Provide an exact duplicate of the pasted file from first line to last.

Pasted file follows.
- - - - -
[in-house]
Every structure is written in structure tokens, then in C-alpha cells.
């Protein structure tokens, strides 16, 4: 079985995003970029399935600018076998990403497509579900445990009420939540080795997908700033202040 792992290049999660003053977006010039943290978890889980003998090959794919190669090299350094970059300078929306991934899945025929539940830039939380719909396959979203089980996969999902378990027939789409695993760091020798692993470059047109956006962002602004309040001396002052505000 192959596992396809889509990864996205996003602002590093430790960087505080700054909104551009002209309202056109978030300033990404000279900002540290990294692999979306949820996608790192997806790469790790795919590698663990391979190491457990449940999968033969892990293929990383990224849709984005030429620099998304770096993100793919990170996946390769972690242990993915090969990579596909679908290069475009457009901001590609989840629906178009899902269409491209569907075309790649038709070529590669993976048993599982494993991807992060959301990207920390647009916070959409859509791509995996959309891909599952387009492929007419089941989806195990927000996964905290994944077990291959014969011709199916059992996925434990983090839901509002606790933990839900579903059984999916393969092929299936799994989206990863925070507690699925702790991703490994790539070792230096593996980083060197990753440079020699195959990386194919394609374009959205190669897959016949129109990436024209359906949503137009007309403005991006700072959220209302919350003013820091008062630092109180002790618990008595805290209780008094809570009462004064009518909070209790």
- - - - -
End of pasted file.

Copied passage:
[in-house]
Every structure is written in structure tokens, then in C-alpha cells.
């Protein structure tokens, strides 16, 4: 079985995003970029399935600018076998990403497509579900445990009420939540080795997908700033202040 792992290049999660003053977006010039943290978890889980003998090959794919190669090299350094970059300078929306991934899945025929539940830039939380719909396959979203089980996969999902378990027939789409695993760091020798692993470059047109956006962002602004309040001396002052505000 192959596992396809889509990864996205996003602002590093430790960087505080700054909104551009002209309202056109978030300033990404000279900002540290990294692999979306949820996608790192997806790469790790795919590698663990391979190491457990449940999968033969892990293929990383990224849709984005030429620099998304770096993100793919990170996946390769972690242990993915090969990579596909679908290069475009457009901001590609989840629906178009899902269409491209569907075309790649038709070529590669993976048993599982494993991807992060959301990207920390647009916070959409859509791509995996959309891909599952387009492929007419089941989806195990927000996964905290994944077990291959014969011709199916059992996925434990983090839901509002606790933990839900579903059984999916393969092929299936799994989206990863925070507690699925702790991703490994790539070792230096593996980083060197990753440079020699195959990386194919394609374009959205190669897959016949129109990436024209359906949503137009007309403005991006700072959220209302919350003013820091008062630092109180002790618990008595805290209780008094809570009462004064009518909070209790």